Reusable Grocery Shopping Bags

By Judith Wolferts and Camille Johnson

Paper or plastic? Whether because the individual consumer has adopted a green philosophy or because plastic grocery bags have been banned in the municipality, the response to that question frequently is “neither, I have reusable shopping bags.” This response prompts another question: are those reusable grocery bags enhancing the potential for consumers to become ill with a food-borne illness, including from leafy greens that may become contaminated with E-coli through contact with the bag itself?

Recent studies, articles, and comments by experts appear to confirm this as an issue to which consumers, as well as grocery stores and even farmers markets, should pay more attention. One example is that a research paper published in 2011 by professors at the University of Pennsylvania and George Mason University found that after San Francisco’s ban on plastic shopping bags took effect in 2007, there was a spike in the city’s emergency room visits/treatment for E-coli infections and a 46% increase in deaths from food-borne illnesses in the three months after the ban took effect. Environmentalists and proponents of banning plastic grocery bags altogether criticize this report. However, in a similar context, researchers at the University of Arizona and Loma Linda University School of Public Health examined reusable grocery bags taken from randomly selected individuals in California and Arizona grocery stores, and in a 2011 paper found that E-coli bacteria was identified in 8% of all the reusable bags examined. That report also reflects that half of the individuals interviewed used their bags more than once per week, three-quarters did not ask that meat be separated from fresh produce, and only 3% cleaned their bags on a regular basis which means that 97% admitted they did not clean the bags regularly, or never cleaned them at all.

Even a recent study out of North Carolina State’s Department of Food, Bioprocessing, and Nutrition Sciences and the University of Nottingham’s, United Kingdom, School of Biosciences, which examined the claim that 8% of reusable grocery bags contained E-coli, concedes that there is some potential for contamination although states it is “low.” See “Cross-Contamination Risks in Reusable Grocery Shopping Bags and Potential Risks to Patrons: A Model Applied to Leafy Greens E-coli 0157:H7.” In that study, only 34.69% of the 107 patrons examined “attempted” to clean their reusable bags, with 5% claiming they cleaned the bags on a regular basis. In addition, only 28% of the patrons assessed either separated or specified the type of food product that should be placed in each bag. According to the study, “most patrons expressed hesitation and lacked an explanation of a potential reaction to how they would handle a situation of meat drippings or contamination.”

It is significant that only 3% of participants in one study and 5% in another study stated they cleaned their reusable bags regularly. Professor Thomas Hugh Pennington, emeritus professor of bacteriology at the University of Aberdeen in Scotland who has chaired inquiries into E-coli outbreaks in Wales and Scotland, has cautioned that reusable grocery bags should not be used at all to carry packaged raw meat or vegetables with soil attached because any bacteria from those products can be transferred to other foods later placed in the bag, some of which might be consumed without cooking. Professor Pennington cautions that even washing or using antibacterial sprays is insufficient to kill all of the bacteria that may be transferred to reusable bags (and presumably even plastic bags) by packaged raw meat, the package exterior of which may contain bacteria.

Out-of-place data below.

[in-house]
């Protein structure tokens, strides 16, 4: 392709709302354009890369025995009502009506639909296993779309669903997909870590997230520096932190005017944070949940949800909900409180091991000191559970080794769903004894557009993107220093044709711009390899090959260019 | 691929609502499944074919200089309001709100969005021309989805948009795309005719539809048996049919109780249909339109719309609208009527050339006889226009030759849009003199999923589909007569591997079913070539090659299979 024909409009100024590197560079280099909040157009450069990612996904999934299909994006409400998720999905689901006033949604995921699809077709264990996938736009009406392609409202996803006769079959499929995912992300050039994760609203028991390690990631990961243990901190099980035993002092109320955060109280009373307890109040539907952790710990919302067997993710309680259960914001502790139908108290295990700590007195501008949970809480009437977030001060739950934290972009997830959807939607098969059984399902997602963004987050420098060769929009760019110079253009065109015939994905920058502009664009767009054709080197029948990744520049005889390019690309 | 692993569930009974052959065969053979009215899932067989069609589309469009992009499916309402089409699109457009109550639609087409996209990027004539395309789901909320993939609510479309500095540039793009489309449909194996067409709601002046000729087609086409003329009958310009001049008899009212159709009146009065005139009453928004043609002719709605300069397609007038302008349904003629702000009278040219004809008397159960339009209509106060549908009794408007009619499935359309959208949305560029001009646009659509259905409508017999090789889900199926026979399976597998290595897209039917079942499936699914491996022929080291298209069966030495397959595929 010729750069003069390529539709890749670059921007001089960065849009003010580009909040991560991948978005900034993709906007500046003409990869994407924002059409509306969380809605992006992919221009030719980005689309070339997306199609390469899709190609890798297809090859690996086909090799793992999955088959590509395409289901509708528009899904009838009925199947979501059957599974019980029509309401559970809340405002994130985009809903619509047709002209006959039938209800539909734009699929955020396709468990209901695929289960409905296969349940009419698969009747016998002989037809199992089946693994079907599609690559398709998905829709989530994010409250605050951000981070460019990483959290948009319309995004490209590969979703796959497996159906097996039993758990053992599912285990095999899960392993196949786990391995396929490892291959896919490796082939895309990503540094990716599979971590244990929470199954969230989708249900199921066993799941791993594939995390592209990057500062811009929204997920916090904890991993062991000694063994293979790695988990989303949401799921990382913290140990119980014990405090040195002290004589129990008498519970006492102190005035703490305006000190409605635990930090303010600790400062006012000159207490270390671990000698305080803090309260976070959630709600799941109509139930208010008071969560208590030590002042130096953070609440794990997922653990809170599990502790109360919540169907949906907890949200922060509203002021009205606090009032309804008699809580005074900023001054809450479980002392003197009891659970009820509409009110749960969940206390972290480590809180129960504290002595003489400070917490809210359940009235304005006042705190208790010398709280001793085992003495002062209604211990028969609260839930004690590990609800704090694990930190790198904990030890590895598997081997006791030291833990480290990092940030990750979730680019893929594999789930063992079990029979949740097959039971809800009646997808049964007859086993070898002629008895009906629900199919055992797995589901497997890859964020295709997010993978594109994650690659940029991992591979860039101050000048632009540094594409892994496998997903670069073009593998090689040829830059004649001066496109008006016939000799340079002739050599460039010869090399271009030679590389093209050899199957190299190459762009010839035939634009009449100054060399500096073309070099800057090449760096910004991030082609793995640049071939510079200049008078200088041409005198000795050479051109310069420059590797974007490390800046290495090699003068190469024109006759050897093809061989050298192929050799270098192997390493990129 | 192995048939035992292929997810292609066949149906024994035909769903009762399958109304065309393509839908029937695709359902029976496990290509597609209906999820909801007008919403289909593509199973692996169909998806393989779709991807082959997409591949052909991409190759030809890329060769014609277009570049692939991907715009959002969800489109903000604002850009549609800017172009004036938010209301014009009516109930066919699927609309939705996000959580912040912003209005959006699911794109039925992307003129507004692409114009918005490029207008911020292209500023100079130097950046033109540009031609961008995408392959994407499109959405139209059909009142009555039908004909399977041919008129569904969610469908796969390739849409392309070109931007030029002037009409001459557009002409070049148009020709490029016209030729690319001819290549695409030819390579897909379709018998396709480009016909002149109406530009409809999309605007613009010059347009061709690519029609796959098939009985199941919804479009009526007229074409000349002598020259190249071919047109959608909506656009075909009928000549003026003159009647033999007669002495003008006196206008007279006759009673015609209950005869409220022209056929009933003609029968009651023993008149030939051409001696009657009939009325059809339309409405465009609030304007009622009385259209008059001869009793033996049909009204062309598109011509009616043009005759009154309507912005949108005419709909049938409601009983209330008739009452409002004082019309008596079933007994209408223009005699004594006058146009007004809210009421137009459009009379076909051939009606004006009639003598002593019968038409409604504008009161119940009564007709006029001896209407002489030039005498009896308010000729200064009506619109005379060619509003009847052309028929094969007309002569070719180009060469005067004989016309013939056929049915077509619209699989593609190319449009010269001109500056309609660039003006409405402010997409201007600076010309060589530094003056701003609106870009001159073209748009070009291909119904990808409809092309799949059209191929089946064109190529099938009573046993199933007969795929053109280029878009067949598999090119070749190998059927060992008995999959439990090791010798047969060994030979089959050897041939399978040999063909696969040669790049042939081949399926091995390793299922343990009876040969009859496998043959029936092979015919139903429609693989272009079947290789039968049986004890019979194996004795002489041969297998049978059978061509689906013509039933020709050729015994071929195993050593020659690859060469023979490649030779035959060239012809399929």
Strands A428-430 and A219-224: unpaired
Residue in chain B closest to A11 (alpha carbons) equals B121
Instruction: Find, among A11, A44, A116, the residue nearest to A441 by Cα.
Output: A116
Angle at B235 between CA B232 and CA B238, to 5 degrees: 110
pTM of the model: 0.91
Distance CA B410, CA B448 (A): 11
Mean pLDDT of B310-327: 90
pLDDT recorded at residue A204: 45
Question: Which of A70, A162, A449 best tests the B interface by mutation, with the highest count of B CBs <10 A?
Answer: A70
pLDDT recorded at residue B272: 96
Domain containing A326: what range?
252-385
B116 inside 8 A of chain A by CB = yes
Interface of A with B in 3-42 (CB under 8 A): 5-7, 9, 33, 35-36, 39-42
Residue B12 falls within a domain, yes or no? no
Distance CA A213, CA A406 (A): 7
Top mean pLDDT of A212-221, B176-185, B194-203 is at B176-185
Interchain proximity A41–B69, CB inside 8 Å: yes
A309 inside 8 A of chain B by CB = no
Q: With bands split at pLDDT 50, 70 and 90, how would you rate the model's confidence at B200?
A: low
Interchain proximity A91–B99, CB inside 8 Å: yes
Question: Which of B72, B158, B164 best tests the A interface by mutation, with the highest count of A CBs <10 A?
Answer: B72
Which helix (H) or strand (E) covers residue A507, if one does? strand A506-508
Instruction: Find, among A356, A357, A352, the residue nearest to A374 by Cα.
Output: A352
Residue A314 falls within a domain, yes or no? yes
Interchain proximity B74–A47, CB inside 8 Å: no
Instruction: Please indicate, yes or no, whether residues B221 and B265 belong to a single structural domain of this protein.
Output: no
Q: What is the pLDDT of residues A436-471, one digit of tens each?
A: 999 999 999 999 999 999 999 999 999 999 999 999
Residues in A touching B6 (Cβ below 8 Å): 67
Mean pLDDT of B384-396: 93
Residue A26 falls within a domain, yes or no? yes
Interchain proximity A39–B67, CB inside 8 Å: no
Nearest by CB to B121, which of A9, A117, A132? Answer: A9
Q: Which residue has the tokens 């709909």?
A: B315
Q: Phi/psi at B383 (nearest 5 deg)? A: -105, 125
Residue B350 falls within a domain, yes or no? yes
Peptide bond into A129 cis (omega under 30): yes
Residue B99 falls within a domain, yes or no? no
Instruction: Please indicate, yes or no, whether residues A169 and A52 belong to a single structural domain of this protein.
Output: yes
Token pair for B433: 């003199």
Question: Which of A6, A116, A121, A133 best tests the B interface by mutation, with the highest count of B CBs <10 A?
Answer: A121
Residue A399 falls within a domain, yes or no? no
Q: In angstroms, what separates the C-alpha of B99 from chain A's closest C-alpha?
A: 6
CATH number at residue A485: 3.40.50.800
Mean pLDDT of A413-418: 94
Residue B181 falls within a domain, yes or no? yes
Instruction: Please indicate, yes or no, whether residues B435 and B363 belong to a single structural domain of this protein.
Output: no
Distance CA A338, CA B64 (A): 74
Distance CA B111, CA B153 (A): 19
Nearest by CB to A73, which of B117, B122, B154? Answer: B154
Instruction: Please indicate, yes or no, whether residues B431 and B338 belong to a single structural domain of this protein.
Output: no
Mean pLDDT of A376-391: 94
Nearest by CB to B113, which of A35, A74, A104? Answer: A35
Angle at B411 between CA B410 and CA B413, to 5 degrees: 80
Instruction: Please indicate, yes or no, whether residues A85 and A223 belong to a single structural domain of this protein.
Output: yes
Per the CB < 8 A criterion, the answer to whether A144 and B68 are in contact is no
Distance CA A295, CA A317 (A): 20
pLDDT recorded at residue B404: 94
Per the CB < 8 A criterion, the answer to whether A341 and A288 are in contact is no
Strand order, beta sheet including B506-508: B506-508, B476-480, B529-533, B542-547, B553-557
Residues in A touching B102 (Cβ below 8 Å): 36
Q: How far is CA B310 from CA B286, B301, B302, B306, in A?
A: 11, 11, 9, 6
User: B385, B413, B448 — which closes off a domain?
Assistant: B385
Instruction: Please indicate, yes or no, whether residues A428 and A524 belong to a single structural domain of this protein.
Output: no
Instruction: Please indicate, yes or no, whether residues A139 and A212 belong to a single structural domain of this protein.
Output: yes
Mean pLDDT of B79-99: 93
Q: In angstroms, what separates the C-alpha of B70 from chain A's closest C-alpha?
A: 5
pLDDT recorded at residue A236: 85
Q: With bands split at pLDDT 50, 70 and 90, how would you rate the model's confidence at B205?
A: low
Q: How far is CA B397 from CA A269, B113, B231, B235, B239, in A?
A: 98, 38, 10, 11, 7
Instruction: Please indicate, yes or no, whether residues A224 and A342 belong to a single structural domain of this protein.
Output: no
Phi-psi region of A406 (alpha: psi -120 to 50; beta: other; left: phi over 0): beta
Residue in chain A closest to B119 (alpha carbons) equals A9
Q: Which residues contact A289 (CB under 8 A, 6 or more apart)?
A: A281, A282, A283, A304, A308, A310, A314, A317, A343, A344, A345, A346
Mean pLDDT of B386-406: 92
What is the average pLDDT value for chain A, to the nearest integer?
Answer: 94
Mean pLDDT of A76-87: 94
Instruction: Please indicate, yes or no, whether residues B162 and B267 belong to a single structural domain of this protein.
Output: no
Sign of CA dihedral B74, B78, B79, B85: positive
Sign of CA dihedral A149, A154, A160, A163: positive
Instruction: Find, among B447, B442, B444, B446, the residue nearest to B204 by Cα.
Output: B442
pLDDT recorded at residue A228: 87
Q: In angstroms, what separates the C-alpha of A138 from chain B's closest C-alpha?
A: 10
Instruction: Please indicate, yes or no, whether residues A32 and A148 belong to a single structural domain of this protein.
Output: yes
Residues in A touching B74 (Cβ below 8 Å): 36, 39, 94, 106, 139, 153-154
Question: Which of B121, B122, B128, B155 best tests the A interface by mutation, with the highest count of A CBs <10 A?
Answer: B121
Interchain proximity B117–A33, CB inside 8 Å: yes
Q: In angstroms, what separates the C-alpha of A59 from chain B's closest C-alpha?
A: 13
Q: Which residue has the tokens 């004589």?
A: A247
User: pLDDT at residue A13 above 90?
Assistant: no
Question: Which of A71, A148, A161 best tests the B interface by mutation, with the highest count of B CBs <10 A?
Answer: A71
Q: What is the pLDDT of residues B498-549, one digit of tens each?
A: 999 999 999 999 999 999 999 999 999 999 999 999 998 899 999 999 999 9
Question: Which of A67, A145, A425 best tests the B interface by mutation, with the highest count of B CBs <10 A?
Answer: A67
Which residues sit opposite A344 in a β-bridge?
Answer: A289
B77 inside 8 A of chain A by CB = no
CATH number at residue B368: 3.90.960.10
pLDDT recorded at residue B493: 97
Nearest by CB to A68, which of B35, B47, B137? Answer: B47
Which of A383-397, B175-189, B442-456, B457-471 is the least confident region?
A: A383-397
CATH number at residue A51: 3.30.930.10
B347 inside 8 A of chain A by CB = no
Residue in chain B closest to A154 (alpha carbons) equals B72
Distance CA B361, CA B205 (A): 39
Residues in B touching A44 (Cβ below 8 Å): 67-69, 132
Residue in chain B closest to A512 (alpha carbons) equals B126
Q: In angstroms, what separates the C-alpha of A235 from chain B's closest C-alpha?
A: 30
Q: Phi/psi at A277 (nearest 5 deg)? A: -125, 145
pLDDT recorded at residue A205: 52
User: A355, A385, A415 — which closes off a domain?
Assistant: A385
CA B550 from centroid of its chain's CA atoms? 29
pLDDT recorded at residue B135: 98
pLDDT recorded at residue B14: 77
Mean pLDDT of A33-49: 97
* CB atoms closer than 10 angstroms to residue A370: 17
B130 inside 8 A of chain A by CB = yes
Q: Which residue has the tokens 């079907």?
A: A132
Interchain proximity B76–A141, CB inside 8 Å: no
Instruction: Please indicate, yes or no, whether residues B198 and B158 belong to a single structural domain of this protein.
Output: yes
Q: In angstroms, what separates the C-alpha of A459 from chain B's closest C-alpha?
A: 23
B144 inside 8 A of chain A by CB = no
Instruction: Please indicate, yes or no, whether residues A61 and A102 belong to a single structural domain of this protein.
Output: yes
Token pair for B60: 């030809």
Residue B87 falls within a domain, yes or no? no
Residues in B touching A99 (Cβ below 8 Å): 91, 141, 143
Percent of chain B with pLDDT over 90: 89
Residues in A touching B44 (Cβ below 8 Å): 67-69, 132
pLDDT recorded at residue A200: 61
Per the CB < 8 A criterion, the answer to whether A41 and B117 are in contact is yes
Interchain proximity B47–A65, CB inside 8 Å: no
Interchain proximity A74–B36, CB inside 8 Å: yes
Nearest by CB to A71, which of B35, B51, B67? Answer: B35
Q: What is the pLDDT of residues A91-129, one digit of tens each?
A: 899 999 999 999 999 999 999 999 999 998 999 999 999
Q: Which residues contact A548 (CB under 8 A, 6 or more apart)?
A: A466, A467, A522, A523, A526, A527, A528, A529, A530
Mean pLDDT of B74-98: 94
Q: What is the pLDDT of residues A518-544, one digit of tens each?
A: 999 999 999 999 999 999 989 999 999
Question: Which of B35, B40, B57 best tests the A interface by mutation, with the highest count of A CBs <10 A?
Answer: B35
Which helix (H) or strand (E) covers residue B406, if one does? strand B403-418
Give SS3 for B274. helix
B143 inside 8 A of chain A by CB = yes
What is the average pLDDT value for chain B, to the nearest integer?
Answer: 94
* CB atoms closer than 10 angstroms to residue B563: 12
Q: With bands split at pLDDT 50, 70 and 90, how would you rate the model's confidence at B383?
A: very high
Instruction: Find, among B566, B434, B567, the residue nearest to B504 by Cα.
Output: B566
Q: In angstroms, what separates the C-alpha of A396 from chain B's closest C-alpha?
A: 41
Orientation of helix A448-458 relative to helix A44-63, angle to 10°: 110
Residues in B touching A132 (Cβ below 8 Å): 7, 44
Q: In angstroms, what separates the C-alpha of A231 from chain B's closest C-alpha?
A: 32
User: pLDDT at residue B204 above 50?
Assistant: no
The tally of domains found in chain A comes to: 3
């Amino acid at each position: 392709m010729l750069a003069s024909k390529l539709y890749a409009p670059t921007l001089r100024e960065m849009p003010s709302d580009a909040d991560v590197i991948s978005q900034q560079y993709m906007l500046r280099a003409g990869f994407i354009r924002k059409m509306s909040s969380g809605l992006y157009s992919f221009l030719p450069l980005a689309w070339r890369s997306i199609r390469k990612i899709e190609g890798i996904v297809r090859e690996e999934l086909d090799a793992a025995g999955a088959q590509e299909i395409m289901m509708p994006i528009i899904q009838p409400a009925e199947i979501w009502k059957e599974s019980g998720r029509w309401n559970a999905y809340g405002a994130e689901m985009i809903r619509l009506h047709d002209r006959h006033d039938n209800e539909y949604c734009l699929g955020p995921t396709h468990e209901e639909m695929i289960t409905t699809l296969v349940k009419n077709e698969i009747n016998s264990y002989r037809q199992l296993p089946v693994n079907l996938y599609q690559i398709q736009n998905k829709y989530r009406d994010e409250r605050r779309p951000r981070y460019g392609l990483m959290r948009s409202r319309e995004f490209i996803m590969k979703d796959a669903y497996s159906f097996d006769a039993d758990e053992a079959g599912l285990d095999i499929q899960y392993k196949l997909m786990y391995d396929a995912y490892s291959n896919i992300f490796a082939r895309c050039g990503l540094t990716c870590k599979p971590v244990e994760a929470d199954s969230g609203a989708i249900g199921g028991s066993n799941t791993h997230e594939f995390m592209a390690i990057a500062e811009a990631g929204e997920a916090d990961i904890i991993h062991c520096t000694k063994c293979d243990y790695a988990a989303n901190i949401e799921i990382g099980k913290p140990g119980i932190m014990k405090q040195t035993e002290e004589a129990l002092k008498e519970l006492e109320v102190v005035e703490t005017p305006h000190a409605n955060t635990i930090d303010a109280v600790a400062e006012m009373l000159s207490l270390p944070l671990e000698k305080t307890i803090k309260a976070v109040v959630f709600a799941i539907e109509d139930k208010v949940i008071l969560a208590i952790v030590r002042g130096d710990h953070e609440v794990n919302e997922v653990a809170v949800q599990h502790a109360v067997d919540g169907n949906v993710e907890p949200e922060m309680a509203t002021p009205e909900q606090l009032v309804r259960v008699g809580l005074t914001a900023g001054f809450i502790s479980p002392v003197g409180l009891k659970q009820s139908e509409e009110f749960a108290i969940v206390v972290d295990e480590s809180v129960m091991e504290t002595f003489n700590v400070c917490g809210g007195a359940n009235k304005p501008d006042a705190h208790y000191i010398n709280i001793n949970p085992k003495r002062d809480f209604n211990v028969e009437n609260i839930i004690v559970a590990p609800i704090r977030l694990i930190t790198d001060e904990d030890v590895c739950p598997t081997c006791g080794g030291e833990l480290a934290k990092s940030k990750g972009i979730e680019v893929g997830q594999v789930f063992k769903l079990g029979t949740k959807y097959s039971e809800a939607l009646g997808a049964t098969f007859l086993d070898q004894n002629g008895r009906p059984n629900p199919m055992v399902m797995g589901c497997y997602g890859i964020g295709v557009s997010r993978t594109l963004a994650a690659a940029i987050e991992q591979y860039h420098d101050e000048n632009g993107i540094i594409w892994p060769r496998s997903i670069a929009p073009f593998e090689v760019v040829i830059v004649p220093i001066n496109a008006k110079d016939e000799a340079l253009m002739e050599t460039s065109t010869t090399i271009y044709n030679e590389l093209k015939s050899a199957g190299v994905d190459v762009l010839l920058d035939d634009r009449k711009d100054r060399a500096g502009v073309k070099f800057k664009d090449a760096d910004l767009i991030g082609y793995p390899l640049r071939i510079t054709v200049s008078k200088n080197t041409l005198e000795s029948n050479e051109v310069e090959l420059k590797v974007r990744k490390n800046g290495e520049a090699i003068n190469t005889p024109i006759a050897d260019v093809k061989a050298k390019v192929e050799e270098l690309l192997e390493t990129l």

Studies and experts agree that E-coli outbreaks are larger and more frequent than even fifteen years ago. In recent years some of those outbreaks have involved leafy greens, and there is speculation of a link between feedlots or cow pastures, and the contamination of leafy greens with E-coli. According to Dr. Robert Tauxe, Division of Food-borne, Bacterial and Mycotic Diseases at the Centers for Disease Control and Prevention, in general the bacteria that cause food-borne illnesses prefer non-acidic foods, and the factors that the kinds of produce that cause E-coli outbreaks typically have in common is they are grown fairly close to the ground, are not acidic, and are eaten without cooking. This tendency to lack acidity is significant and Dr. Tauxe has commented that even tomatoes and apples are getting sweeter and less acidic, perhaps due to increasing consumer preference for sweetness.

Regardless of whether leafy greens are packaged as salad mixes or simply purchased separately and all outer leaves removed before consumption, carrying both raw meat and leafy greens in the same grocery bags clearly is unacceptable. Reusing that bag is equally unacceptable when the bag has held packaged raw meat or produce with soil attached, the consumer seldom if ever cleans the bag, and the bag is used thereafter for produce that generally is not cooked including whole leafy greens.

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Categories: Editorial